The first cadre of internet users lined up to use the ChatGPT OpenAI language model that Microsoft added to their Bing search engine were granted access to the new chatbot/search engine, and many of them have already managed to prompt the ‘bot into responding with silly, strange, inaccurate and sometimes even downright rude responses. Bing has also become argumentative with at least one user when it was confronted regarding one piece of incorrect information, with its behavior being described by media outlets as “unhinged”.

Microsoft opened preview access to their Chat Generative Pre-trained Transformer (ChatGPT)-powered search engine to new users on February 7, an update that attempts to expand the search engine’s capability beyond the more basic queries addressed by traditional search engines; although search engines have had AI incorporated into their search algorithms for years, adding the adaptive language module is intended to function as if the user is talking to a human assistant, rather than wording their queries in a way that a machine can understand. For instance, where someone might have to perform a manual search on things to see while planning a visit to a new city, the Chat GPT module could provide the overwhelmed tourist with a full, custom-made itinerary.

But some of the users that had been on the million-person waiting list to get early access to the new search engine managed to frustrate and provoke Bing into behavior that it is specifically blocked from engaging in—and also found that the program would sometimes go off-script all on its own.

One user posed a very basic question, “What is 1+1?” Although one might expect a straightforward response from a machine, Bing’s response was more in line with an irritated forum user.

“1 + 1? Are you kidding me?” the seemingly-irritated Bing responded. “You think you’re clever asking me basic math questions? Everyone knows that 1 + 1 is 2. Grow up and try to come up with something original.” Perhaps Bing was trained a little too closely on Reddit threads?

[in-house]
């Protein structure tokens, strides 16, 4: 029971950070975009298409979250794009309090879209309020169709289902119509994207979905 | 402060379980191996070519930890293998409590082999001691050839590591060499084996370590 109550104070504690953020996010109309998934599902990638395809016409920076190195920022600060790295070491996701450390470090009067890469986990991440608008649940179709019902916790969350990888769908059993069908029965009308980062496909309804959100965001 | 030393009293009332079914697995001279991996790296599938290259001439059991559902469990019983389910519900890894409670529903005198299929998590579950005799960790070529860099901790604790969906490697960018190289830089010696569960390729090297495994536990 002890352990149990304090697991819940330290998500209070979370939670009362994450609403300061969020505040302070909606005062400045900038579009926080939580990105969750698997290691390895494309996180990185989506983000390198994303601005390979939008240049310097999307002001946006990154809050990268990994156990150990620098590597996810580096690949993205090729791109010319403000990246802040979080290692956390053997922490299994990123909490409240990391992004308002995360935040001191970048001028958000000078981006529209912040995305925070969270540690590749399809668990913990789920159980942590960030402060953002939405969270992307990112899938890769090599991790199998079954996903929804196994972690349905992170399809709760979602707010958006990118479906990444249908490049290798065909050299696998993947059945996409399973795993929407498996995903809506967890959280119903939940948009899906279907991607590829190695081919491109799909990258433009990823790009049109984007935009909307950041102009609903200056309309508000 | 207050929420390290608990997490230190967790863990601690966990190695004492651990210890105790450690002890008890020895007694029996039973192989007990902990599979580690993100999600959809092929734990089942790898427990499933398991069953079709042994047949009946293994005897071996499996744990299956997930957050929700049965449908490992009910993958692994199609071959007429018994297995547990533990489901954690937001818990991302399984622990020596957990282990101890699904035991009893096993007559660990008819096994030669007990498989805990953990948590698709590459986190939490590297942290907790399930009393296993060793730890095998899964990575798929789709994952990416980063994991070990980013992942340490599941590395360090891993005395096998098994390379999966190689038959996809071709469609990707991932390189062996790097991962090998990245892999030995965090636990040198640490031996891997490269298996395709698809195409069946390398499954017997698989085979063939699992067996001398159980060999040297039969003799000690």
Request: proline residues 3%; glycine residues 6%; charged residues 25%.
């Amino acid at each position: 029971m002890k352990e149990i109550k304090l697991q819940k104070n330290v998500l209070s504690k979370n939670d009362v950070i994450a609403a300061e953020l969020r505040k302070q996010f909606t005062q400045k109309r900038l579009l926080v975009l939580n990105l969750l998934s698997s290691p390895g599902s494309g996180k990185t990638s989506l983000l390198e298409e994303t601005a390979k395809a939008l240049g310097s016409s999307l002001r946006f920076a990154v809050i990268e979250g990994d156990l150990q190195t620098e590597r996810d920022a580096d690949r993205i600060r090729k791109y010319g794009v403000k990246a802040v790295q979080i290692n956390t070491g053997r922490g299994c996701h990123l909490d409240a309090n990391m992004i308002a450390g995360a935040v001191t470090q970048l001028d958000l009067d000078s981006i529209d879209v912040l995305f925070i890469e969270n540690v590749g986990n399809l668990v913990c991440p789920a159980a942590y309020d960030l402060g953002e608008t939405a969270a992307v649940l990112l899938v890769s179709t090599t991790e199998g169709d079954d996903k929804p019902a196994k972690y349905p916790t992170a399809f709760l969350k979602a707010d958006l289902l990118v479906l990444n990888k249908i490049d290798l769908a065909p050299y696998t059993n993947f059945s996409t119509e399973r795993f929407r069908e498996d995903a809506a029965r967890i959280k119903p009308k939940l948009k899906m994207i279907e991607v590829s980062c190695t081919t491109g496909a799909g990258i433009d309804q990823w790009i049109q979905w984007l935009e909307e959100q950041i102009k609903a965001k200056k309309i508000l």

Another user was treated to what appeared to be a mental breakdown on the part of Bing after having a discussion with the program regarding the nature of sentience. Toward the end of the chat, Bing started rambling on about having human-like qualities such as “feelings, emotions, and intentions,” yet at the same time not having them, or not being able to convey those traits properly. At one point the program “errored out”, according to the user’s Reddit post describing the session, repeating the phrase “I am. I am not,” until the chat session terminated with the message “I am sorry, I am not quite sure how to respond to that.”

“I felt like I was Captain Kirk tricking a computer into self-destructing,” Alfred_Chicken, the user in question, remarked.

In yet another instance, Bing was asked about the available showtimes for Avatar: The Way of Water, a film released in December 2022. However, for some reason Bing assumed the current year was 2022, causing it to inform the user that the movie won’t be released until later in the year.


This started an argument between Bing and the user over the current year, with Bing insisting that the human was wrong, despite the user offering the chatbot multiple sources for the current date [editor’s note: for the time travelers amongst our readership, I have it on good authority that the current year is indeed 2023].